BC Guidelines are clinical practice guidelines and protocols that provide recommendations to B.C. practitioners on delivering high quality, appropriate care to patients with specific clinical conditions or diseases. These “Made in BC” clinical practice guidelines are developed by the Guidelines and Protocol Advisory Committee (GPAC), an advisory committee to the Medical Services Commission. The primary audience for BC Guidelines is BC physicians, nurse practitioners, and medical students. However, other audiences such as health educators, health authorities, allied health organizations, pharmacists, and nurses may also find them to be a useful resource.
There are several ways to find the guidelines you are looking for.
- Browse the guidelines alphabetically or by topic area.
- You can also download the entire collection of BC Guidelines (ZIP, 43MB) for future reference.
New Prostate Cancer Guideline - Open for External Review until June 30th, 2019
The draft Prostate Cancer: Diagnosis, Referral and Follow-up in Primary Care, a new BC Guideline developed in collaboration with BC Cancer’s Provincial Primary Care Program Family Practice Oncology Network, provides recommendations for primary care providers to guide the investigation and management of adult male patients (≥19 years of age) who present with signs or symptoms that could lead to a diagnosis of prostate cancer.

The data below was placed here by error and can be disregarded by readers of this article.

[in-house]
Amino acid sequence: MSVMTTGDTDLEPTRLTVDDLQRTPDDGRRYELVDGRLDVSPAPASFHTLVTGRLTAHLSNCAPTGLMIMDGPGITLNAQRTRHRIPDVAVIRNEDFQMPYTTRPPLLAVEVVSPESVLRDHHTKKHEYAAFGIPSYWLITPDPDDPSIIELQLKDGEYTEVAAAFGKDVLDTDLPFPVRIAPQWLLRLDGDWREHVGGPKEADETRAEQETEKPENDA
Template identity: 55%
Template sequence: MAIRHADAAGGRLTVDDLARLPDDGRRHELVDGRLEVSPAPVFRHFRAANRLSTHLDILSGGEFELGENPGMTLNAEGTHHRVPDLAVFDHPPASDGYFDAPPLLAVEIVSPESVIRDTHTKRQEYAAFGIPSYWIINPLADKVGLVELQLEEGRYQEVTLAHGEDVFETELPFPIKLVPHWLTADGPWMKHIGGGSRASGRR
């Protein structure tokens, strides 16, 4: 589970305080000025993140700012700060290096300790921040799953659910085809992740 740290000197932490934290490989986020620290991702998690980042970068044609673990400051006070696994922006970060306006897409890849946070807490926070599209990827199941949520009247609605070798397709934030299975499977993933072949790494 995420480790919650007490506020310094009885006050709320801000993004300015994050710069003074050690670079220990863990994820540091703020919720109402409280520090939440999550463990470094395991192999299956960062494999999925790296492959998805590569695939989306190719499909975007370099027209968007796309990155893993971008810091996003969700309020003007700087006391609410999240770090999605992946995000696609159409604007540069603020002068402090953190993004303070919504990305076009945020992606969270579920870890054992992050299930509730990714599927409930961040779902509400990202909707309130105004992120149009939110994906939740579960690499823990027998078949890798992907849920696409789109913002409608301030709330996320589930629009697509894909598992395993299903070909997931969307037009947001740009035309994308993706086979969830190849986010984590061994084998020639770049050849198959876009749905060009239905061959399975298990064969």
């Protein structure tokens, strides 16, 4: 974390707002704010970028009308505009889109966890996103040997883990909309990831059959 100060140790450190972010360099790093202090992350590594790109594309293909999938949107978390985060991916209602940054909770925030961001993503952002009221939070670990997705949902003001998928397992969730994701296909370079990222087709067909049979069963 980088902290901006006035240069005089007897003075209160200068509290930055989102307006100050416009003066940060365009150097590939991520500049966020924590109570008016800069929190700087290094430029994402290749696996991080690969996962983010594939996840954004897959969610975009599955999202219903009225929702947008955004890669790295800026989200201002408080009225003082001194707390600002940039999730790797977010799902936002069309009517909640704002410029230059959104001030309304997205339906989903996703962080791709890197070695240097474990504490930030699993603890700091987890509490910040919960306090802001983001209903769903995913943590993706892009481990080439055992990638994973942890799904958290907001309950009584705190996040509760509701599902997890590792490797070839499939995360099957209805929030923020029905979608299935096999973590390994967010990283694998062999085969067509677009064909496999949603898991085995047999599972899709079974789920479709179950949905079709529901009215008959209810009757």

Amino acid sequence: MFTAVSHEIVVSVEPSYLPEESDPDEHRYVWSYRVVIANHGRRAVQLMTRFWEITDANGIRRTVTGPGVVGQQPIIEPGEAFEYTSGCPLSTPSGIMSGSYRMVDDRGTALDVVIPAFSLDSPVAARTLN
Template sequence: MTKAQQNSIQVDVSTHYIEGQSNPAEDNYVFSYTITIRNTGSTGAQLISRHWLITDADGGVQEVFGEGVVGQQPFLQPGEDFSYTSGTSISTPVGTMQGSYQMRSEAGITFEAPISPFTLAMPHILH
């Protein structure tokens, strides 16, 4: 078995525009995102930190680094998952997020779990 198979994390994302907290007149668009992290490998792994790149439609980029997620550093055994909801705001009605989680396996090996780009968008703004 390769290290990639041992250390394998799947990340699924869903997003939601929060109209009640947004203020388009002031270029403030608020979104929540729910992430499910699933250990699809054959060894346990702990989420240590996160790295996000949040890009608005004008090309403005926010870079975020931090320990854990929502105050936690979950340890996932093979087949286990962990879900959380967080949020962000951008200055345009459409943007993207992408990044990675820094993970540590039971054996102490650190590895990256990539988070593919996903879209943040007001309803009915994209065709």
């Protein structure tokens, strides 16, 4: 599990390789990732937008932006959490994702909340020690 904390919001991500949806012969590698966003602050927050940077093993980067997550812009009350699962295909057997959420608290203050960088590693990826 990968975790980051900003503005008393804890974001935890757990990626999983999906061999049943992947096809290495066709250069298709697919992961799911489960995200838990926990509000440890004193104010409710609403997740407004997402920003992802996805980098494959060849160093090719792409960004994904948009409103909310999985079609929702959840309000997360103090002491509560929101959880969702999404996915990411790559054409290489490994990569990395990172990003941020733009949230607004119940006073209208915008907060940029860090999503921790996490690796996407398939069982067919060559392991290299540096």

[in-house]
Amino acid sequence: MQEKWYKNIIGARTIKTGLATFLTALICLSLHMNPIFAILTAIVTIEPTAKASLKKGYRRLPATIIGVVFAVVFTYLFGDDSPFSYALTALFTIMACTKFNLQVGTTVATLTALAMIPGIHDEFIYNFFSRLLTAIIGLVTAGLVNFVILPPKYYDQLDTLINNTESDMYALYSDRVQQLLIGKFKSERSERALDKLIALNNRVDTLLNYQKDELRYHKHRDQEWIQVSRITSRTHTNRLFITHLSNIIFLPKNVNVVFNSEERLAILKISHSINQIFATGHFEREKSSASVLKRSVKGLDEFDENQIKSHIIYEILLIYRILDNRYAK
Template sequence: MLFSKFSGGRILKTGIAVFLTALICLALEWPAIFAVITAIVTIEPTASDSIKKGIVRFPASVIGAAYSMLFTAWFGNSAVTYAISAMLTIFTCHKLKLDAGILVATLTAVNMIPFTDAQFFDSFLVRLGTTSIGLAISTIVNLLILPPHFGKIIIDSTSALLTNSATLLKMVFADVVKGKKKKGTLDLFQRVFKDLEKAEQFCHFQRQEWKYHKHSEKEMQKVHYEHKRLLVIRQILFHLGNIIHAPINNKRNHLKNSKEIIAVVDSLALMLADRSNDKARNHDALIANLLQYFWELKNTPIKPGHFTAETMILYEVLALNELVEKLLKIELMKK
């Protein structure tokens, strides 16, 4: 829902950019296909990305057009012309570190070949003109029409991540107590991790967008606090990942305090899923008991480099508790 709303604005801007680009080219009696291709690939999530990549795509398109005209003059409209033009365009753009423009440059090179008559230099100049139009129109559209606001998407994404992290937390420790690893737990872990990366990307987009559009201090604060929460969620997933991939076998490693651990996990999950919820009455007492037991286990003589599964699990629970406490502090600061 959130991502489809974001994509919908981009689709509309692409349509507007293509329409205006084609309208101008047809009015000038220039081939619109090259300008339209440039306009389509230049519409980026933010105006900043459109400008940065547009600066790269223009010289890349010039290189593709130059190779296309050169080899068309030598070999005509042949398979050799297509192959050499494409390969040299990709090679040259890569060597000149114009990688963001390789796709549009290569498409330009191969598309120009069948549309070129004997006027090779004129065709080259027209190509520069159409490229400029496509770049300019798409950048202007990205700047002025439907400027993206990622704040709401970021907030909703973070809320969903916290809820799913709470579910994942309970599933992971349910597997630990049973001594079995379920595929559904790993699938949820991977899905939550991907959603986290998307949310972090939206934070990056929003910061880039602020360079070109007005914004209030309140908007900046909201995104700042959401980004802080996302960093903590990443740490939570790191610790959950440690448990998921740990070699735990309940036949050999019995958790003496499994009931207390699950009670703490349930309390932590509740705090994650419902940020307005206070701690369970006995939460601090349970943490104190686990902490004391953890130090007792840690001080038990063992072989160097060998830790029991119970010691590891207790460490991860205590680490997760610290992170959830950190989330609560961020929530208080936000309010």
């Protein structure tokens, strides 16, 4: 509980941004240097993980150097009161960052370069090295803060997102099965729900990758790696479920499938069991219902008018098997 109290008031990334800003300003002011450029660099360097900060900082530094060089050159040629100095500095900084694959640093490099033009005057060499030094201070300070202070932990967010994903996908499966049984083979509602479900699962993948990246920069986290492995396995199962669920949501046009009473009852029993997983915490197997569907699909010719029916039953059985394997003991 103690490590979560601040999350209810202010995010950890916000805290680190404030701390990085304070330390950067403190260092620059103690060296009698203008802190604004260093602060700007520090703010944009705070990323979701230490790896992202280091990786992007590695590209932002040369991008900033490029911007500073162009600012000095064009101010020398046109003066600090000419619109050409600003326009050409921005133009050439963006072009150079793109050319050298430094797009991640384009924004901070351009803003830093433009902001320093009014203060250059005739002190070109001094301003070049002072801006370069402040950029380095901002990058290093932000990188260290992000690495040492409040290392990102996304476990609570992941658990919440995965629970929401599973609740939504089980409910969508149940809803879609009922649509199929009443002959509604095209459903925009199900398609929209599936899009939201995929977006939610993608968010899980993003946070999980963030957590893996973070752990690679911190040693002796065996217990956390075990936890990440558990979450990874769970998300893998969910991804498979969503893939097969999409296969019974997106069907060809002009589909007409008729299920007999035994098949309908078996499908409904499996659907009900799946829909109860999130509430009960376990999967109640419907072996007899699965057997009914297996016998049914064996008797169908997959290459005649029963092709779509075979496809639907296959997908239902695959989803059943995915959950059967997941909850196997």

Peer review is a critical component of guideline development. Please visit our External Review page to download the draft guideline and submit your feedback via our new online questionnaire.
C-Reactive Protein and Erythrocyte Sedimentation Rate
– A revision of our previous ESR guideline, the guideline scope has expanded to include recommendations for the use of CRP and ESR as investigative tests in adults in primary care.
Select Key Recommendations include (see full recommendation list):
- CRP is the preferred first test to support a diagnosis of inflammatory or infectious conditions, rather than ESR. There is no indication for ordering ESR when CRP is elevated.
- According to the British Columbia Laboratory Services Outpatient Payment Schedule, ESR will be performed only if a written indication is provided on the requisition. If CRP and ESR are ordered together, most outpatient laboratories will only perform CRP because only CRP is payable.
- Clinical features that together may prompt a requisition for CRP are:
- unexplained symptoms or a deterioration of health status; and
- an inflammatory or infectious disease is suspected; and
- a specific diagnosis is not made effectively by other means.
Testosterone Testing Protocol
The Testosterone Testing Protocol (2018) summarizes the appropriate use of serum testosterone testing in men and women aged ≥19 years. It is an updated version of the 2011 Testosterone Testing Protocol. Key changes include: recommendations that patients fast, use the same lab for initial and follow-up tests, and be tested when the sleep-wake cycle is stable. The protocol has also been updated to include age-dependent approximate lower limits of normal for men, and a new Hypogonadism Investigation Algorithm (PDF, 117KB). The protocol was developed in collaboration with BC’s Agency for Pathology and Laboratory Medicine. The protocol working group included representatives of family medicine, endocrinology, laboratory medicine, and pharmacy.